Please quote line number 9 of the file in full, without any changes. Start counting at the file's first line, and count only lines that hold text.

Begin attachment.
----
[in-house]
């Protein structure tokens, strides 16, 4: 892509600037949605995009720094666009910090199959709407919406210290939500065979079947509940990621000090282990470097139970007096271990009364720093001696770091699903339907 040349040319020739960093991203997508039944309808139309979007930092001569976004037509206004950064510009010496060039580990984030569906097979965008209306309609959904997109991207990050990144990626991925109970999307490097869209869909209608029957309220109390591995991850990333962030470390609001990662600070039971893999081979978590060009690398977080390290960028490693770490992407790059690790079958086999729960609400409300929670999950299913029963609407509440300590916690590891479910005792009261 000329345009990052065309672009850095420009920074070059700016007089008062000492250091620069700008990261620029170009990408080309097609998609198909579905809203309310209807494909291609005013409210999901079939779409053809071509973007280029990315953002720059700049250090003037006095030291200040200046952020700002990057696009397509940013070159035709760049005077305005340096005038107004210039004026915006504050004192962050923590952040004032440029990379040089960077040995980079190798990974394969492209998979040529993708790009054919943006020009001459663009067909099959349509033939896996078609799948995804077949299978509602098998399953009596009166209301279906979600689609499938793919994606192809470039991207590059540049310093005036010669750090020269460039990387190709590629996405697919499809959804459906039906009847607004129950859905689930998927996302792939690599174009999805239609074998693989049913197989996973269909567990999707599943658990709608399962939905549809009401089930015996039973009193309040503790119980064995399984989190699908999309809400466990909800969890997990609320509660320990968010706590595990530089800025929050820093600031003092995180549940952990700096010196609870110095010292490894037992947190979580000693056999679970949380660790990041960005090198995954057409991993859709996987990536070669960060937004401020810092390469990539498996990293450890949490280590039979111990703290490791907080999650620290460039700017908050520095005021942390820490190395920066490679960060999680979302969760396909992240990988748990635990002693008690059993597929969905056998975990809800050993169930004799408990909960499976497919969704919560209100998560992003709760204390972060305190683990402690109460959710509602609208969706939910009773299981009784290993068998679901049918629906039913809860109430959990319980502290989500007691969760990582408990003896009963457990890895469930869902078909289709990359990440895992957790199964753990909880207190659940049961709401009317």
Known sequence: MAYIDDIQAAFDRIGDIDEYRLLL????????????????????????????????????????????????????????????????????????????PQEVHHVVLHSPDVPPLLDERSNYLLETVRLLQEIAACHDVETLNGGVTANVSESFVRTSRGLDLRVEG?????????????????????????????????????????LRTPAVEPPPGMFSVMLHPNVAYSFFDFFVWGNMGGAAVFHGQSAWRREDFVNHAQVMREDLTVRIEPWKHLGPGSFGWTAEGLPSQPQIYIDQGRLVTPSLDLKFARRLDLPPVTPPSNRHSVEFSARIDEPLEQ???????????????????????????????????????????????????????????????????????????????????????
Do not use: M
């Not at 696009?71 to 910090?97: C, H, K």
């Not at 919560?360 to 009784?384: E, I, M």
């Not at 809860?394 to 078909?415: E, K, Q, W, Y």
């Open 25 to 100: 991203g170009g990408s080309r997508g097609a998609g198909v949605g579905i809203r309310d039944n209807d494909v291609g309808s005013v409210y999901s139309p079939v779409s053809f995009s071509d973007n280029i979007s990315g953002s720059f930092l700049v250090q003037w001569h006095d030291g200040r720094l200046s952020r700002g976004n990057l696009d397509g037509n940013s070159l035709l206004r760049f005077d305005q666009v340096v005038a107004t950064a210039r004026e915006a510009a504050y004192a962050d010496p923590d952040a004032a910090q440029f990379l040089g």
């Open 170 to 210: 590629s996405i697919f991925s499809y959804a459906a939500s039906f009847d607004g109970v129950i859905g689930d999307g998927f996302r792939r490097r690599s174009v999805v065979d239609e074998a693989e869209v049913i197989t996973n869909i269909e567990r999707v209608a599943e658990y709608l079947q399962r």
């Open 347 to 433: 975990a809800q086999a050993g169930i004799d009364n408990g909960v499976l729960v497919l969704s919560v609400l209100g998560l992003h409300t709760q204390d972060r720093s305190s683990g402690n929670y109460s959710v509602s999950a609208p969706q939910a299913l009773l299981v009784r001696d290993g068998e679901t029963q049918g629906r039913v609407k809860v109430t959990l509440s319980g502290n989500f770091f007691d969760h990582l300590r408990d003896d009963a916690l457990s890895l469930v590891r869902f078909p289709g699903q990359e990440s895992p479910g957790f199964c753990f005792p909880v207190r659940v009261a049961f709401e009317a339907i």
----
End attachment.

């Open 170 to 210: 590629s996405i697919f991925s499809y959804a459906a939500s039906f009847d607004g109970v129950i859905g689930d999307g998927f996302r792939r490097r690599s174009v999805v065979d239609e074998a693989e869209v049913i197989t996973n869909i269909e567990r999707v209608a599943e658990y709608l079947q399962r």